BTW, all startups are scams. . .
Update: when I say all startups are scams I’m not suggesting that they are “scams” in the criminal tradition — but by design. More than 90% of them are going to run out of money and close down — rarely in an orderly way.
Laying in bed this morning I was surprised when I saw someone I knew had the top story on Medium. Penny Kim is a fixture in the Dallas startup scene and I’ve chatted with her several times over the years. After reading her account I have no doubt she was screwed over, but I thought it was worth mentioning that the major themes she faced are common at ALL startups.
If you’re joining a startup with fewer than ten employees you better be ready for chaos. First of all, building a company is a lot like trying to finish building the engine of a Cessna as you’re hurtling towards the ground. If you don’t finish you’ll crash. For example, once the co-founders have raised seed money they’ll often start hiring employees despite the fact that they don’t have enough money in the bank to make it six months — they won’t be able to raise more without your help. So they’ve got to do this dance. They’ve got to convince you that everything is going to be great — and the reality is that if everything works perfectly it will be great. Sadly, it is a rare occurrence when everything works perfectly.
Early stage startups rarely have concepts like vacation time, probationary hiring periods, and retirement plans. Hiring fast and firing fast is sort of a strange strategy — but it might be necessary given how constrained the talent pool is in the Valley. The traditional advice is to hire slowly and fire fast — most of us do the opposite in practice. If you want to be happy at a startup you’ve got to find a way to be comfortable being uncomfortable. You’re not going to have the resources or the time you need to do your optimal work — this is always the case. There aren’t going to be processes and procedures in place to manage hiring and firing — there are going to be screwups. Lots of people like the chaos you find in a startup, but there are many people who prefer the structure and security of a more mature company — there is no right or wrong — just different strokes for different folks.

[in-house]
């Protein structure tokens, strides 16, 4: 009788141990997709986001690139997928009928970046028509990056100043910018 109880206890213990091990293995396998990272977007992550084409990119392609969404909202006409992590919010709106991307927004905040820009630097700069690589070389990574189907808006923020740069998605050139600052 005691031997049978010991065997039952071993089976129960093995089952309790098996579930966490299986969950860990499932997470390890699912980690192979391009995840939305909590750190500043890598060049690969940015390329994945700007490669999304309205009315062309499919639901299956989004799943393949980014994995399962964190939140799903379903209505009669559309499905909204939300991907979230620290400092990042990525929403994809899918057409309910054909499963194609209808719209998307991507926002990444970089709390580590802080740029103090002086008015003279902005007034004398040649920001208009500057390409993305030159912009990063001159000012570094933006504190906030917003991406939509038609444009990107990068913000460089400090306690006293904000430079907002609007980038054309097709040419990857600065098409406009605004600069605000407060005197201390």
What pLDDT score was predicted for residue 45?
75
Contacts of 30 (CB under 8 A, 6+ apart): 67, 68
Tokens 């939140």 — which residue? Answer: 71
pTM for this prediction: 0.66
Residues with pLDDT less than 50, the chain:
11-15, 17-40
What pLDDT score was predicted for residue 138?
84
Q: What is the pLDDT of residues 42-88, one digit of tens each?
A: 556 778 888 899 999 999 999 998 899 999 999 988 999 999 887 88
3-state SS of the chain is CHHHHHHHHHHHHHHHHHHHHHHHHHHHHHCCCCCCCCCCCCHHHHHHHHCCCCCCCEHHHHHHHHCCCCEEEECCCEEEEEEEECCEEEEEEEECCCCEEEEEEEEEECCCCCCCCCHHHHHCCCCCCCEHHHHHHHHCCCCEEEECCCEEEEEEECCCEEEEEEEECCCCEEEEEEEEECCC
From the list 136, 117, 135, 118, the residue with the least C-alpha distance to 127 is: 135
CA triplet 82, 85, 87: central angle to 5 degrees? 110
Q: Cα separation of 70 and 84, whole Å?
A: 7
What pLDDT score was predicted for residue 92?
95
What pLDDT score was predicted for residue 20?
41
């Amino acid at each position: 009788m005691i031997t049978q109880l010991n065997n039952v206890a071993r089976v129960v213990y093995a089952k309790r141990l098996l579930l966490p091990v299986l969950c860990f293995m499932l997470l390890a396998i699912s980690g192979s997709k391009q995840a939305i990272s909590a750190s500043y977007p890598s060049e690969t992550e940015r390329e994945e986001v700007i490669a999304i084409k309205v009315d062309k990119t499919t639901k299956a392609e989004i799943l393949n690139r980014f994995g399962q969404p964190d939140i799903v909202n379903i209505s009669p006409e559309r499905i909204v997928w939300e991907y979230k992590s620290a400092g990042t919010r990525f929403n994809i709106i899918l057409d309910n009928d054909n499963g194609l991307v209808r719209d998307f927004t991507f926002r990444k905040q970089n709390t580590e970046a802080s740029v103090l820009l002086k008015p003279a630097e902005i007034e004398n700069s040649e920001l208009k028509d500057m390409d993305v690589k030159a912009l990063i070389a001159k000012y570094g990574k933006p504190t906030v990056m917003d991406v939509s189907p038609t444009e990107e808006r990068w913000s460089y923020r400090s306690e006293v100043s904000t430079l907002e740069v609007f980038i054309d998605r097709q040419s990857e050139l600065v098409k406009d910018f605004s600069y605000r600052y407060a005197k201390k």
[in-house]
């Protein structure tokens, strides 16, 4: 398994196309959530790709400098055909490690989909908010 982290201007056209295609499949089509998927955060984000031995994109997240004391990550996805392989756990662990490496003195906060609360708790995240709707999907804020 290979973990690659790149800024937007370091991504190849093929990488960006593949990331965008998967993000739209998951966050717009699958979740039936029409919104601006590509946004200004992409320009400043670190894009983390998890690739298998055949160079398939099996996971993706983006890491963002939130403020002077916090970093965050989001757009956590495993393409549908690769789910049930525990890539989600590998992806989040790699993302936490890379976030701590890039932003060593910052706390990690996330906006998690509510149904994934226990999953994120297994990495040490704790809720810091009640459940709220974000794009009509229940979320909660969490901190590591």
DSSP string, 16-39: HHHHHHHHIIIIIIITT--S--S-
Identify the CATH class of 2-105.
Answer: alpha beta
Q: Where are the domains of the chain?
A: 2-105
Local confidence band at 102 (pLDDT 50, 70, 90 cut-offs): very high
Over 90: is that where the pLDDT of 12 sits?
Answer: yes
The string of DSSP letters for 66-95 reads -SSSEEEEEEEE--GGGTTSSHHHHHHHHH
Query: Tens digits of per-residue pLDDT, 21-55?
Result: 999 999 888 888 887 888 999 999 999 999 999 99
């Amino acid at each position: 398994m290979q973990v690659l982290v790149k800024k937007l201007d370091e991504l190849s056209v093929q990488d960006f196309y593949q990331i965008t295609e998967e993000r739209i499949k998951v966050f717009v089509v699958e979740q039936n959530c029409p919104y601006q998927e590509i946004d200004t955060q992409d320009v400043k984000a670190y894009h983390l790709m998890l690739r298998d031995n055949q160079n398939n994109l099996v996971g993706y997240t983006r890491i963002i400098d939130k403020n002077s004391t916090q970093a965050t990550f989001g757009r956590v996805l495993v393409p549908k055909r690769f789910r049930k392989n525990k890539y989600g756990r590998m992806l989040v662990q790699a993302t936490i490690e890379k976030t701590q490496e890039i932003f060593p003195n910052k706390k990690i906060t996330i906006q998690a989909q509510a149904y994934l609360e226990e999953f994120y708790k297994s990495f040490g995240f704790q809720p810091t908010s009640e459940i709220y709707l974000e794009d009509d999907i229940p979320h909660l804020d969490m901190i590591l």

Knowing when to leave a startup is important. Startups are fragile creatures. Optics matter. If you’re unhappy you’ve got to get out and get out fast. If the company’s latest investment round has fallen through and you’re missing payrolls you’ve got a decision to make. If you can’t afford to miss a payroll it is time to go. If you can afford it you need to decide if it is worth it and how long you’re willing to hang on. Once you’ve made the decision to stay you’ve got to be ALL-IN. You have to show up everyday. You’ve got to smile. You’ve got to be supportive. Anything less and you’re going to sabotage the company. Before you start giving advice to other employees about filing wage claims and taking legal action against the company — you need to leave the company. The co-founders are desperately trying to convince an investor to take a risk on the company — if the investor were to learn there were disgruntled employees running around filing various claims and lawsuits there isn’t a chance in hell they would invest. Even if you leave the company you want the company to get money — so they can pay you back. There is never a reason to sabotage the startup.
My mother taught me an important lesson early on — “Life isn’t fair, and Mickey Mouse is a rat.” Don’t spend any time worrying about what is fair — do what is best for your career.
A parting thought. The whole fake wire transfer thing is so strange. I can’t imagine what he thought he was buying? Literally? A day? I would love to know what he was thinking. Everything about your experience sounds really normal with the sole exception of that — still scratching my head.